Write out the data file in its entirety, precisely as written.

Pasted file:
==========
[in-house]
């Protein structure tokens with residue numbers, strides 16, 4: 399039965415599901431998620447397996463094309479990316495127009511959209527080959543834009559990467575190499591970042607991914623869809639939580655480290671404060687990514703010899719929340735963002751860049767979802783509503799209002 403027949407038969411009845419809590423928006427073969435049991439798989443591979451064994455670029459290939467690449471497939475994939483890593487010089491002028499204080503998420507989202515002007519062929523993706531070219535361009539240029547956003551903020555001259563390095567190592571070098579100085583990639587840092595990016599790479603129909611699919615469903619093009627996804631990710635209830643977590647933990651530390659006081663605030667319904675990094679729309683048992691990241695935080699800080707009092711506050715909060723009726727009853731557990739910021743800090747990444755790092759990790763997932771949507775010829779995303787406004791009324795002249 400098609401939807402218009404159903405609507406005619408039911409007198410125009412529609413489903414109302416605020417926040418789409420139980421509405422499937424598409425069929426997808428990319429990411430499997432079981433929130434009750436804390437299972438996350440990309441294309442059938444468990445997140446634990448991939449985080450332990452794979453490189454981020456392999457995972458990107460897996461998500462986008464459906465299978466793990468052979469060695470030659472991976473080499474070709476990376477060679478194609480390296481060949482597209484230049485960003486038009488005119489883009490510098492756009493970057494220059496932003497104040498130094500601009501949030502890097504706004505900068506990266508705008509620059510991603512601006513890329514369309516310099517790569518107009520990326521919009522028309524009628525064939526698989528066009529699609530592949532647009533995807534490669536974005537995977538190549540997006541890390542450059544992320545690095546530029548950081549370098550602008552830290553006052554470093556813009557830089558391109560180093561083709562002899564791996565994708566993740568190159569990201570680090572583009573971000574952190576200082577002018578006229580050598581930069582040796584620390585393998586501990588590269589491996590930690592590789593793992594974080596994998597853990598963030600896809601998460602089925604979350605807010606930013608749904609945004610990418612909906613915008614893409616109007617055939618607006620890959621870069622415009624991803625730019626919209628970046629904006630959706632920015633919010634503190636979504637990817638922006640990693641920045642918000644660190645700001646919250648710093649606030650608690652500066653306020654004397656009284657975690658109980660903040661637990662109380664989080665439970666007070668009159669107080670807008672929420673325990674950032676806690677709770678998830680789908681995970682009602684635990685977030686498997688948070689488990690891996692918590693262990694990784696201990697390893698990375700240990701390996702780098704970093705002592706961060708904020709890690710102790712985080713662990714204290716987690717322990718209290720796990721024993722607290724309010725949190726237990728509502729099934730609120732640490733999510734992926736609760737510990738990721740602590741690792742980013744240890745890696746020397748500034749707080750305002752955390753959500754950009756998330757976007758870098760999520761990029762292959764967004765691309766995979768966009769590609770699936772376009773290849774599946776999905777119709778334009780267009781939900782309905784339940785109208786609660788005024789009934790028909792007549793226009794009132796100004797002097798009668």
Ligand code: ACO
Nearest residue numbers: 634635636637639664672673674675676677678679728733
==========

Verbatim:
[in-house]
């Protein structure tokens with residue numbers, strides 16, 4: 399039965415599901431998620447397996463094309479990316495127009511959209527080959543834009559990467575190499591970042607991914623869809639939580655480290671404060687990514703010899719929340735963002751860049767979802783509503799209002 403027949407038969411009845419809590423928006427073969435049991439798989443591979451064994455670029459290939467690449471497939475994939483890593487010089491002028499204080503998420507989202515002007519062929523993706531070219535361009539240029547956003551903020555001259563390095567190592571070098579100085583990639587840092595990016599790479603129909611699919615469903619093009627996804631990710635209830643977590647933990651530390659006081663605030667319904675990094679729309683048992691990241695935080699800080707009092711506050715909060723009726727009853731557990739910021743800090747990444755790092759990790763997932771949507775010829779995303787406004791009324795002249 400098609401939807402218009404159903405609507406005619408039911409007198410125009412529609413489903414109302416605020417926040418789409420139980421509405422499937424598409425069929426997808428990319429990411430499997432079981433929130434009750436804390437299972438996350440990309441294309442059938444468990445997140446634990448991939449985080450332990452794979453490189454981020456392999457995972458990107460897996461998500462986008464459906465299978466793990468052979469060695470030659472991976473080499474070709476990376477060679478194609480390296481060949482597209484230049485960003486038009488005119489883009490510098492756009493970057494220059496932003497104040498130094500601009501949030502890097504706004505900068506990266508705008509620059510991603512601006513890329514369309516310099517790569518107009520990326521919009522028309524009628525064939526698989528066009529699609530592949532647009533995807534490669536974005537995977538190549540997006541890390542450059544992320545690095546530029548950081549370098550602008552830290553006052554470093556813009557830089558391109560180093561083709562002899564791996565994708566993740568190159569990201570680090572583009573971000574952190576200082577002018578006229580050598581930069582040796584620390585393998586501990588590269589491996590930690592590789593793992594974080596994998597853990598963030600896809601998460602089925604979350605807010606930013608749904609945004610990418612909906613915008614893409616109007617055939618607006620890959621870069622415009624991803625730019626919209628970046629904006630959706632920015633919010634503190636979504637990817638922006640990693641920045642918000644660190645700001646919250648710093649606030650608690652500066653306020654004397656009284657975690658109980660903040661637990662109380664989080665439970666007070668009159669107080670807008672929420673325990674950032676806690677709770678998830680789908681995970682009602684635990685977030686498997688948070689488990690891996692918590693262990694990784696201990697390893698990375700240990701390996702780098704970093705002592706961060708904020709890690710102790712985080713662990714204290716987690717322990718209290720796990721024993722607290724309010725949190726237990728509502729099934730609120732640490733999510734992926736609760737510990738990721740602590741690792742980013744240890745890696746020397748500034749707080750305002752955390753959500754950009756998330757976007758870098760999520761990029762292959764967004765691309766995979768966009769590609770699936772376009773290849774599946776999905777119709778334009780267009781939900782309905784339940785109208786609660788005024789009934790028909792007549793226009794009132796100004797002097798009668």
Ligand code: ACO
Nearest residue numbers: 634635636637639664672673674675676677678679728733